Precious Cargo

Refreshingly Bitter And Twisted Observations On Life's Passing Parade.

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Location: Valley Village, California, United States

Friday, December 02, 2005

Sandra Scoppettone and Editors

Author Sandra Scoppettone recently blogged about her Ballantine editor Joe Blades exiting from publishing, leaving her in a quandry about what kind of new editor she will soon be dealing with. That, and her responses to two anonymous comments have set off the usual tempest in a thimble within the echo chamber that is the litblog community. Lee Goldberg has several links here if you want to pursue this.

I was reading Jack Woodford's splenetic screed against publishers, The Loud Literary Lamas of New York (New York: Vantage Press, 1950) and found what he had to say amazingly congruent with Scoppettone's post.

Scoppettone wrote, "Not to insult anyone, but this editor is the last of a certain breed… a gentleman and a man of experience. I don’t know for sure, but I’d say he’s in his early fifties. He mentioned the possiblitity of one editor and I asked how old the person was. Twenty-nine.

I know any editor is probably going to be younger than I, but twenty-nine? He/she could be even younger, not only at this publishing house but almost everywhere. I’m not saying an editor of that age has to be horrible, in fact I know that someone so young could be the best editor I’ve ever had. Still, it gives me pause."

And back in 1950, Woodford had this to say: "No matter what kind of writer you are now, the lowest young moronic displaced person from Minsk who can wangle himself a job in an editorial department will treat you like an apprentice writer even if you-like me-never had a book published in your whole writing career that failed to make a pile of money.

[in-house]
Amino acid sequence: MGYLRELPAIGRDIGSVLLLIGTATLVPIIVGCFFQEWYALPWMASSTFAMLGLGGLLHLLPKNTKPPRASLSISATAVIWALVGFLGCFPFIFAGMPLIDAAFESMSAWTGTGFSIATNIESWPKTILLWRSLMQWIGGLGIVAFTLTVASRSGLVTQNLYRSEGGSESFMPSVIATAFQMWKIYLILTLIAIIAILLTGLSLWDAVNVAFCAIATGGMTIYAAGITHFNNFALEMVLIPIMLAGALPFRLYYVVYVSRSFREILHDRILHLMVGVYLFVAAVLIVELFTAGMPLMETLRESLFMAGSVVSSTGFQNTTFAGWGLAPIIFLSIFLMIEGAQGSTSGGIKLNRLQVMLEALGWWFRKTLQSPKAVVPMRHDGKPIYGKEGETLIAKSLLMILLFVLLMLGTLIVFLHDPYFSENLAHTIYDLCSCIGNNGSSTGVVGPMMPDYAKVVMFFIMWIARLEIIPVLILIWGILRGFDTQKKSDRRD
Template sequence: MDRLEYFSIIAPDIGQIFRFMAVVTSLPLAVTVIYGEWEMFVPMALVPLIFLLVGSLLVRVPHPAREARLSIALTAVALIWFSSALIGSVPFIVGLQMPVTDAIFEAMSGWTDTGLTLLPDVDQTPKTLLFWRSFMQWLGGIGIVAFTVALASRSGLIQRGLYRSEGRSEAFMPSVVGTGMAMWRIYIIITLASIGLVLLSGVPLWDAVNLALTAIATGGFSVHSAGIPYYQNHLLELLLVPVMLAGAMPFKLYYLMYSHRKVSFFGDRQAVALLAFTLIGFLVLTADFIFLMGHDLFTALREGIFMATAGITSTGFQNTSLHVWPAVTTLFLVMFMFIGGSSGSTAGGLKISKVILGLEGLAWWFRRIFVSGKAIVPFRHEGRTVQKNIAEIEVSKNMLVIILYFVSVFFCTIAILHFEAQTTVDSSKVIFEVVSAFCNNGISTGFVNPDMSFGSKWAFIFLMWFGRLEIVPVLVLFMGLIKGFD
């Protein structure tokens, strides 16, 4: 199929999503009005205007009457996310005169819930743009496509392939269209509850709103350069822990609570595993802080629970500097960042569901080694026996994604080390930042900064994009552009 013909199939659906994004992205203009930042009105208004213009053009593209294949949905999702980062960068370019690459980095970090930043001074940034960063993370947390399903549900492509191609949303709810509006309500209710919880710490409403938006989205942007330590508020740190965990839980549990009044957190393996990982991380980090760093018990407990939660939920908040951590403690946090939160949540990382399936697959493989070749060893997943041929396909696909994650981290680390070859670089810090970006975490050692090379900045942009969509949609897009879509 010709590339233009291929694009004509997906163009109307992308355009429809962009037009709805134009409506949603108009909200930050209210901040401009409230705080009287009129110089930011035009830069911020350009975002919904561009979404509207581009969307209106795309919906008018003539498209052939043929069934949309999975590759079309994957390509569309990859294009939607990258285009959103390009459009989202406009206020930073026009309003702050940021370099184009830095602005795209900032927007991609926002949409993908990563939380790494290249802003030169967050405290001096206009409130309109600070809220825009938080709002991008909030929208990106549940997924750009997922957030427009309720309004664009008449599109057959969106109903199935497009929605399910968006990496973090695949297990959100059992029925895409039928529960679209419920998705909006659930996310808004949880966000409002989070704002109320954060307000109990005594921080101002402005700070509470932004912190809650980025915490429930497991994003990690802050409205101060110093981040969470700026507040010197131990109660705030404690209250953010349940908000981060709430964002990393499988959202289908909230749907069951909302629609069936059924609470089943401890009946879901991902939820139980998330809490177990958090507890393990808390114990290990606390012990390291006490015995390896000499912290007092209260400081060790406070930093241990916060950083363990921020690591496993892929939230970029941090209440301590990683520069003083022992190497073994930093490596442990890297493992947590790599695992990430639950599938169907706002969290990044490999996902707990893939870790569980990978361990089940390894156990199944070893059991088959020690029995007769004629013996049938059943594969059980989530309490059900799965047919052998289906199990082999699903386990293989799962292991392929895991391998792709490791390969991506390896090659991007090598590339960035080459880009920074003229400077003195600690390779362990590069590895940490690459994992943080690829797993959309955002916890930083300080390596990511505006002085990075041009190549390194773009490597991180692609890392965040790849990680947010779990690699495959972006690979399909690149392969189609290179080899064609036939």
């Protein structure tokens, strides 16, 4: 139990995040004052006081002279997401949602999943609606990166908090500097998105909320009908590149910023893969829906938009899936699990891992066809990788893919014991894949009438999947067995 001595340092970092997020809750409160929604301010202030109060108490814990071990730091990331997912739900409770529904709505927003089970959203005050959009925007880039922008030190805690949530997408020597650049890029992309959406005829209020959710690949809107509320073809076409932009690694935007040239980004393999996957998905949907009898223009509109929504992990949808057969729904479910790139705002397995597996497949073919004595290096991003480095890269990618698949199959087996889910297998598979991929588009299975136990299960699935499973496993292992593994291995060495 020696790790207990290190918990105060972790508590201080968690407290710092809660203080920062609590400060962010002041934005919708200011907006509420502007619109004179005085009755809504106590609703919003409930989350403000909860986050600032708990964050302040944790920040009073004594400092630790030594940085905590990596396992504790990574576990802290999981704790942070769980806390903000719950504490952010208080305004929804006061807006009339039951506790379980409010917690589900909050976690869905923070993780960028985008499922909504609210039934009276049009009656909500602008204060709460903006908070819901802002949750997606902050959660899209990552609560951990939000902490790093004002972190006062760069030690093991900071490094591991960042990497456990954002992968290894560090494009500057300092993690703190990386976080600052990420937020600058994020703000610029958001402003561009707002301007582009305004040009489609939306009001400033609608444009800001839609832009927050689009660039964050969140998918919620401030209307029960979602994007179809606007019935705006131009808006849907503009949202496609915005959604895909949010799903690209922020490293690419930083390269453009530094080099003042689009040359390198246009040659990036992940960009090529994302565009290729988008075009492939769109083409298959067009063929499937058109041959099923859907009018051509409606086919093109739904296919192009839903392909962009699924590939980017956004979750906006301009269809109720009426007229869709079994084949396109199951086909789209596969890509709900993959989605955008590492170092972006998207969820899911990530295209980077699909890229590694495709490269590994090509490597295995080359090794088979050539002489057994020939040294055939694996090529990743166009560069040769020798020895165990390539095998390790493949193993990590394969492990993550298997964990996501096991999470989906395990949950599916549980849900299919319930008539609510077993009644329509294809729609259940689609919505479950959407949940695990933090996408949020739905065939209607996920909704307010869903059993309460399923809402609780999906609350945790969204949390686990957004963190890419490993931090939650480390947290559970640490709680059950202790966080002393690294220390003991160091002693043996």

With one exception all the editors I have now in the various publishing houses that publish me are about half my age. They all tell me how to write as though I were the veriest of tyros. I ignore them and do it my own way. If I paid any attention to them the suff wouldn't sell after they published it, and the stinkers would lose their jobs."

Another Part of Bush's Plan For Victory

The Los Angeles Times reports:

U.S. Military Covertly Pays to Run Stories in Iraqi Press

Troops write articles presented as news reports. Some officers object to the practice.

By Mark Mazzetti and Borzou Daragahi, Times Staff Writers

"WASHINGTON — As part of an information offensive in Iraq, the U.S. military is secretly paying Iraqi newspapers to publish stories written by American troops in an effort to burnish the image of the U.S. mission in Iraq.

The articles, written by U.S. military 'information operations' troops, are translated into Arabic and placed in Baghdad newspapers with the help of a defense contractor, according to U.S. military officials and documents obtained by the Los Angeles Times.

Many of the articles are presented in the Iraqi press as unbiased news accounts written and reported by independent journalists. The stories trumpet the work of U.S. and Iraqi troops, denounce insurgents and tout U.S.-led efforts to rebuild the country.

Though the articles are basically factual, they present only one side of events and omit information that might reflect poorly on the U.S. or Iraqi governments, officials said. Records and interviews indicate that the U.S. has paid Iraqi newspapers to run dozens of such articles, with headlines such as 'Iraqis Insist on Living Despite Terrorism,' since the effort began this year."